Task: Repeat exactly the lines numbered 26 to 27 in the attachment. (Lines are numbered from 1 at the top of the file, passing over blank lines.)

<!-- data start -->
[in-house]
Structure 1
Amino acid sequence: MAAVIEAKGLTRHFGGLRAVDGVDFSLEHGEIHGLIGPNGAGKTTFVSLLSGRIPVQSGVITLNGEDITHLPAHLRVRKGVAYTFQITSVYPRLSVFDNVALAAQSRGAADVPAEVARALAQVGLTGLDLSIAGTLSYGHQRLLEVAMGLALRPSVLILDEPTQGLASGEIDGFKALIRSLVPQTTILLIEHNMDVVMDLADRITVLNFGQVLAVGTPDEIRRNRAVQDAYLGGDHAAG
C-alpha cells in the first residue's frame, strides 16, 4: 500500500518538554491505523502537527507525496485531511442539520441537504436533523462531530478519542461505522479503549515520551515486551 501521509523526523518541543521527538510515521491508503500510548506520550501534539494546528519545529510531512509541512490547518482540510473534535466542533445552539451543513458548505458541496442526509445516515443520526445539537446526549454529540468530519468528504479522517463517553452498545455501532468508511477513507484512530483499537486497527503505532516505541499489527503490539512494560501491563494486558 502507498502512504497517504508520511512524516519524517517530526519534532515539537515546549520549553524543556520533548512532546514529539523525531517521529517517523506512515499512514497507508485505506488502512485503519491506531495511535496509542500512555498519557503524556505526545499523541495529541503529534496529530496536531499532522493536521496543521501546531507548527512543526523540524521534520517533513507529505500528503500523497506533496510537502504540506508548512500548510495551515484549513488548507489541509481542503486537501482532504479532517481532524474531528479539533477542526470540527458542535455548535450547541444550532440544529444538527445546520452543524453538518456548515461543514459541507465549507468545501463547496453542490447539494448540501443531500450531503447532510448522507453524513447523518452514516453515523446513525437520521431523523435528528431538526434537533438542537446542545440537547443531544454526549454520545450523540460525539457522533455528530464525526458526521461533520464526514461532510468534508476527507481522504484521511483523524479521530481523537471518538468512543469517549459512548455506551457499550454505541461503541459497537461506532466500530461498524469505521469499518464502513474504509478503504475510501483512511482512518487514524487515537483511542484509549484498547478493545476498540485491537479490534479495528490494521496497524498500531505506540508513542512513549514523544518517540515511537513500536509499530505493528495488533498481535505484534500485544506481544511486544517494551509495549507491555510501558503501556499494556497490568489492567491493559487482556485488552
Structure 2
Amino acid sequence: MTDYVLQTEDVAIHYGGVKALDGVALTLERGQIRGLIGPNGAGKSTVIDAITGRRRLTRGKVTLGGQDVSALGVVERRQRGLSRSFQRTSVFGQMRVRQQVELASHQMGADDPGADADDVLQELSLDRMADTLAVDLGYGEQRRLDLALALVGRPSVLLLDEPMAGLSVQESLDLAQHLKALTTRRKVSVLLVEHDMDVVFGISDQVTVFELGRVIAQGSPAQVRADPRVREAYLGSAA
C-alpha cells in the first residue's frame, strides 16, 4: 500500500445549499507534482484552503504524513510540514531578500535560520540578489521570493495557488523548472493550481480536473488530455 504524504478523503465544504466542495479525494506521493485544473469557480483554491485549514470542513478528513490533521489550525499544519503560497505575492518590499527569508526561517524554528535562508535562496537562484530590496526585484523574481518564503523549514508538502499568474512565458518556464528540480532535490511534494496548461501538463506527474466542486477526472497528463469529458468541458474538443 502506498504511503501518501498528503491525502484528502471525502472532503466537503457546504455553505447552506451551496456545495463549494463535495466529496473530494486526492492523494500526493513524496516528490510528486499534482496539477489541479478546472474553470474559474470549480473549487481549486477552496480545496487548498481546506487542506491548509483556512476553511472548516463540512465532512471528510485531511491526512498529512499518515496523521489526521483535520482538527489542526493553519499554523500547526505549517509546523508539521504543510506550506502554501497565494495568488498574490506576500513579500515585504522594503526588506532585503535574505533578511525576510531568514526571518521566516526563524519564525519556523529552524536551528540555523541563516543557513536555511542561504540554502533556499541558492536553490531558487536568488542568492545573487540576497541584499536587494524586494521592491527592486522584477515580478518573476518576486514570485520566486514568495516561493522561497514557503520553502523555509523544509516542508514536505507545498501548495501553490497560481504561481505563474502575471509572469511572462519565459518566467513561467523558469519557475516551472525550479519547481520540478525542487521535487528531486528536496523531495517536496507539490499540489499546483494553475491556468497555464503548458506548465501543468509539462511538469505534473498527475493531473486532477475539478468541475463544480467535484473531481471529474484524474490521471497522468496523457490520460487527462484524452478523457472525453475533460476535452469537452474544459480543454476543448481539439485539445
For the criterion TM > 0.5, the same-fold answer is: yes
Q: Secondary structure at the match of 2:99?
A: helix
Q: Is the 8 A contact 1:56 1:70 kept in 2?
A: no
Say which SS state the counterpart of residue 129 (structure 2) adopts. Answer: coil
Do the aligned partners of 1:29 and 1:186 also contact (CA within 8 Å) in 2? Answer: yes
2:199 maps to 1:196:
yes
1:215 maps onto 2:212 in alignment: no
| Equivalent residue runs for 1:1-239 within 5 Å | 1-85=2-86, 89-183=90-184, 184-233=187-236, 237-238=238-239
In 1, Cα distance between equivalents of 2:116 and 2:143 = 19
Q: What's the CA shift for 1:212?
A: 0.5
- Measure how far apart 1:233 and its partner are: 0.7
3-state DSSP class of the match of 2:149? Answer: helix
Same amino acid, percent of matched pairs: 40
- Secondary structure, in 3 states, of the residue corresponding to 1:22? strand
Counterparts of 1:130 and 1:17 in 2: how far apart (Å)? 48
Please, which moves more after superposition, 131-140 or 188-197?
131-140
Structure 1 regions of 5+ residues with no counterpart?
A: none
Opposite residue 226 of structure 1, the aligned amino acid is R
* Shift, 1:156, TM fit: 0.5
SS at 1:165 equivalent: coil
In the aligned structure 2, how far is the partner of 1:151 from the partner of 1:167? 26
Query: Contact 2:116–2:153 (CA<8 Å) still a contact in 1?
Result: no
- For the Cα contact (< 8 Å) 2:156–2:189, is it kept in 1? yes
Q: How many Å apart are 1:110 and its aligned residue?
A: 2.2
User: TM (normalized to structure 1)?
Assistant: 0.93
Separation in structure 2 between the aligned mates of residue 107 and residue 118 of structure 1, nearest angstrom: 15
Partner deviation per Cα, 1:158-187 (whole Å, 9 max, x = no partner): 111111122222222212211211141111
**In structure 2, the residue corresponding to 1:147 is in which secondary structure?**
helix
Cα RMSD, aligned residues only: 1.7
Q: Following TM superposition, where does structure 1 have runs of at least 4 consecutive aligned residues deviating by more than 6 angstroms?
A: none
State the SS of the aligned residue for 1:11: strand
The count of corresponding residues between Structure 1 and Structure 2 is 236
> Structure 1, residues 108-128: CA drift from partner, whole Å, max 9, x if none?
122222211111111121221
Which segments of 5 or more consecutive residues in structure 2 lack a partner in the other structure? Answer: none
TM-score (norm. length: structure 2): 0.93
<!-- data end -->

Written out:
Counterparts of 1:130 and 1:17 in 2: how far apart (Å)? 48
Please, which moves more after superposition, 131-140 or 188-197?